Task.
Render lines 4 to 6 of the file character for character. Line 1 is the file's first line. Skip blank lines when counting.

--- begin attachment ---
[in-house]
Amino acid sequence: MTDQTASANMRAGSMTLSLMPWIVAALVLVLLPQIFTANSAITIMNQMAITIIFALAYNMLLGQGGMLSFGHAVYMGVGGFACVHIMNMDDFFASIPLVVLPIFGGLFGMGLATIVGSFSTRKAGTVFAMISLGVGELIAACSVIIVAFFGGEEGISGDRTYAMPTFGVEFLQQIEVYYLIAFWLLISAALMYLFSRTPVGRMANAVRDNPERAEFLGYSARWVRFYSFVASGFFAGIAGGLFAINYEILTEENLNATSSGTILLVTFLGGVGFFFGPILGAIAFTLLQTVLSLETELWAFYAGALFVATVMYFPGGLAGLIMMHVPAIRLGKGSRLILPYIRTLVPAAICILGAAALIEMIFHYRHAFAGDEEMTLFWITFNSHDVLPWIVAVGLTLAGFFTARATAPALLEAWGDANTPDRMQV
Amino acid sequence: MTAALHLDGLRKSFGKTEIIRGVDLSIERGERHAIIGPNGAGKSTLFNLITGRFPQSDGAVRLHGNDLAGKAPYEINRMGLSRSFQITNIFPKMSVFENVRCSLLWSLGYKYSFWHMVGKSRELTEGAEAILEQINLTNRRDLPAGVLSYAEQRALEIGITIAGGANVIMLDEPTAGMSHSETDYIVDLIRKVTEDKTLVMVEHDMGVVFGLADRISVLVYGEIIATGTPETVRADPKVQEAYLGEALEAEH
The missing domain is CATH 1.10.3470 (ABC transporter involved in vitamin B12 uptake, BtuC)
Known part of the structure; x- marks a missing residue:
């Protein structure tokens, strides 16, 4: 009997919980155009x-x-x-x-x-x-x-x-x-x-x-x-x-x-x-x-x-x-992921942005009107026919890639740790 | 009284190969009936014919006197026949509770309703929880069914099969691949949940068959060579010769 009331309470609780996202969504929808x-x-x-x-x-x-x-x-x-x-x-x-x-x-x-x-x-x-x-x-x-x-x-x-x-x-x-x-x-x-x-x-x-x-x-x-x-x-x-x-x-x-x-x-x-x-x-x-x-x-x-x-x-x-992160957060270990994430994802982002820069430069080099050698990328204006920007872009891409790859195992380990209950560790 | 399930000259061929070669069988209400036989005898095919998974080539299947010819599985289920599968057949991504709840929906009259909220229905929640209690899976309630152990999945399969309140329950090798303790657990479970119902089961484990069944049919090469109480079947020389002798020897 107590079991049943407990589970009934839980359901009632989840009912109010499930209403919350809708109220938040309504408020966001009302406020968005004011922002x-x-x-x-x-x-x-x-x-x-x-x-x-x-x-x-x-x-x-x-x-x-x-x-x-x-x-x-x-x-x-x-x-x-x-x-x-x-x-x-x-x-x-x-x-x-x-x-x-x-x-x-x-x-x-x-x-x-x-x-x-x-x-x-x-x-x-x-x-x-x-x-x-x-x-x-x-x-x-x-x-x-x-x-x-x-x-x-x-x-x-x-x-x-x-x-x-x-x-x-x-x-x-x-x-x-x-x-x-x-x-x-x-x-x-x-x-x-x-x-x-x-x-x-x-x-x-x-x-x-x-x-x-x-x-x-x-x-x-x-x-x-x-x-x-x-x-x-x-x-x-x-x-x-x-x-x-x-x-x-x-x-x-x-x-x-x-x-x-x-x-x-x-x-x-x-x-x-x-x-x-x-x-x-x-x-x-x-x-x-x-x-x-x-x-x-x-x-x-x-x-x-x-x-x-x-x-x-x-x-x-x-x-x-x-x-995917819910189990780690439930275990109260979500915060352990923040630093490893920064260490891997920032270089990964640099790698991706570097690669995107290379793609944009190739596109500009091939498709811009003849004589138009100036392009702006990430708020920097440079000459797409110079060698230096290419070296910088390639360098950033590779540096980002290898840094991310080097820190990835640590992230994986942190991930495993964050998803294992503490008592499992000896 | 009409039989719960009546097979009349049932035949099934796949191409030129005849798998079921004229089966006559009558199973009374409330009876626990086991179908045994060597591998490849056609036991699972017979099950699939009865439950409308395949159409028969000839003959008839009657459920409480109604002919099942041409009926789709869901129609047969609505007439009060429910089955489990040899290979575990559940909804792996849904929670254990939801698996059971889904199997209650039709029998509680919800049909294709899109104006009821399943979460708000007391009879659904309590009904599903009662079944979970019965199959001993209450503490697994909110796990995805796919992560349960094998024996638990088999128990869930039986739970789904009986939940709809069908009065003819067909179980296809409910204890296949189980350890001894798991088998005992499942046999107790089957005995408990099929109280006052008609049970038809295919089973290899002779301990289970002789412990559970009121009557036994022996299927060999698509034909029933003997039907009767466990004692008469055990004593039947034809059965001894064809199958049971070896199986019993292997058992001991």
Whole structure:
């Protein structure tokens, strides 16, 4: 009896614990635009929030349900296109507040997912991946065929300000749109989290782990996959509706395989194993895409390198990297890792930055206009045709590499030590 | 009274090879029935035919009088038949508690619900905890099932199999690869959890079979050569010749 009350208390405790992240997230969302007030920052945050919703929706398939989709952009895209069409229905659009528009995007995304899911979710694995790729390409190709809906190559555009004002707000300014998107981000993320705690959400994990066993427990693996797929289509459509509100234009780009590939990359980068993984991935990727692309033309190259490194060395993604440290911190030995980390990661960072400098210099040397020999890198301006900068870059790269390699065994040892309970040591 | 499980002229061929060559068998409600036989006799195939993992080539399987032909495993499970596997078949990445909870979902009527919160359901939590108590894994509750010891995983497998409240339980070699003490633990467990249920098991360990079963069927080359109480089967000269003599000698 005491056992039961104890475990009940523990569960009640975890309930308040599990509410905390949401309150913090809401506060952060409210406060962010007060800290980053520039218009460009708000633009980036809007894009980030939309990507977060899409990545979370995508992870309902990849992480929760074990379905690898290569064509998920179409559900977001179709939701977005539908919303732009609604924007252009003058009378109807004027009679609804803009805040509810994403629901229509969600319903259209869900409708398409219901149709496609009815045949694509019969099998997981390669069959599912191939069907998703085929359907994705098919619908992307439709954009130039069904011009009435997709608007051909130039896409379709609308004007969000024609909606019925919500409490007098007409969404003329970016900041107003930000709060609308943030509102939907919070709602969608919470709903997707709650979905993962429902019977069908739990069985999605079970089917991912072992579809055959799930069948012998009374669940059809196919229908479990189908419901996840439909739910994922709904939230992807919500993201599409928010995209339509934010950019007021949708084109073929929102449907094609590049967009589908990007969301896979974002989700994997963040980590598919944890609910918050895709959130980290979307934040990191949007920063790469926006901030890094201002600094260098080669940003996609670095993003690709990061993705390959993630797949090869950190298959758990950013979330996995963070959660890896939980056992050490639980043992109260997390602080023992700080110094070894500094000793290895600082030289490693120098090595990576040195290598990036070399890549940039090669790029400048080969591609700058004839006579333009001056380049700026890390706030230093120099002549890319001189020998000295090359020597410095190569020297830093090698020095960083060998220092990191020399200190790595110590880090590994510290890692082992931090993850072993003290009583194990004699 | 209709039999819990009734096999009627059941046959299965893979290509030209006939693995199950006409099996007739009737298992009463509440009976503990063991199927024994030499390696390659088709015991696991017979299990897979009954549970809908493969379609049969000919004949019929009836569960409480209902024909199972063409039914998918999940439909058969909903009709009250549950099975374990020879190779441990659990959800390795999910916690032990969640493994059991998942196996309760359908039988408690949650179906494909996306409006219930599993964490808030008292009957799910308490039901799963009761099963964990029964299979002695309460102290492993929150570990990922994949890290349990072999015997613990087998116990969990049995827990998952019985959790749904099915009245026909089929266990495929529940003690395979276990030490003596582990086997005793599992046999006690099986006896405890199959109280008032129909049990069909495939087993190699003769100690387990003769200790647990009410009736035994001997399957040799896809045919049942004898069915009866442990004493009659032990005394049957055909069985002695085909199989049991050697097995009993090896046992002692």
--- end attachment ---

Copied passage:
The missing domain is CATH 1.10.3470 (ABC transporter involved in vitamin B12 uptake, BtuC)
Known part of the structure; x- marks a missing residue:
């Protein structure tokens, strides 16, 4: 009997919980155009x-x-x-x-x-x-x-x-x-x-x-x-x-x-x-x-x-x-992921942005009107026919890639740790 | 009284190969009936014919006197026949509770309703929880069914099969691949949940068959060579010769 009331309470609780996202969504929808x-x-x-x-x-x-x-x-x-x-x-x-x-x-x-x-x-x-x-x-x-x-x-x-x-x-x-x-x-x-x-x-x-x-x-x-x-x-x-x-x-x-x-x-x-x-x-x-x-x-x-x-x-x-992160957060270990994430994802982002820069430069080099050698990328204006920007872009891409790859195992380990209950560790 | 399930000259061929070669069988209400036989005898095919998974080539299947010819599985289920599968057949991504709840929906009259909220229905929640209690899976309630152990999945399969309140329950090798303790657990479970119902089961484990069944049919090469109480079947020389002798020897 107590079991049943407990589970009934839980359901009632989840009912109010499930209403919350809708109220938040309504408020966001009302406020968005004011922002x-x-x-x-x-x-x-x-x-x-x-x-x-x-x-x-x-x-x-x-x-x-x-x-x-x-x-x-x-x-x-x-x-x-x-x-x-x-x-x-x-x-x-x-x-x-x-x-x-x-x-x-x-x-x-x-x-x-x-x-x-x-x-x-x-x-x-x-x-x-x-x-x-x-x-x-x-x-x-x-x-x-x-x-x-x-x-x-x-x-x-x-x-x-x-x-x-x-x-x-x-x-x-x-x-x-x-x-x-x-x-x-x-x-x-x-x-x-x-x-x-x-x-x-x-x-x-x-x-x-x-x-x-x-x-x-x-x-x-x-x-x-x-x-x-x-x-x-x-x-x-x-x-x-x-x-x-x-x-x-x-x-x-x-x-x-x-x-x-x-x-x-x-x-x-x-x-x-x-x-x-x-x-x-x-x-x-x-x-x-x-x-x-x-x-x-x-x-x-x-x-x-x-x-x-x-x-x-x-x-x-x-x-x-x-x-995917819910189990780690439930275990109260979500915060352990923040630093490893920064260490891997920032270089990964640099790698991706570097690669995107290379793609944009190739596109500009091939498709811009003849004589138009100036392009702006990430708020920097440079000459797409110079060698230096290419070296910088390639360098950033590779540096980002290898840094991310080097820190990835640590992230994986942190991930495993964050998803294992503490008592499992000896 | 009409039989719960009546097979009349049932035949099934796949191409030129005849798998079921004229089966006559009558199973009374409330009876626990086991179908045994060597591998490849056609036991699972017979099950699939009865439950409308395949159409028969000839003959008839009657459920409480109604002919099942041409009926789709869901129609047969609505007439009060429910089955489990040899290979575990559940909804792996849904929670254990939801698996059971889904199997209650039709029998509680919800049909294709899109104006009821399943979460708000007391009879659904309590009904599903009662079944979970019965199959001993209450503490697994909110796990995805796919992560349960094998024996638990088999128990869930039986739970789904009986939940709809069908009065003819067909179980296809409910204890296949189980350890001894798991088998005992499942046999107790089957005995408990099929109280006052008609049970038809295919089973290899002779301990289970002789412990559970009121009557036994022996299927060999698509034909029933003997039907009767466990004692008469055990004593039947034809059965001894064809199958049971070896199986019993292997058992001991």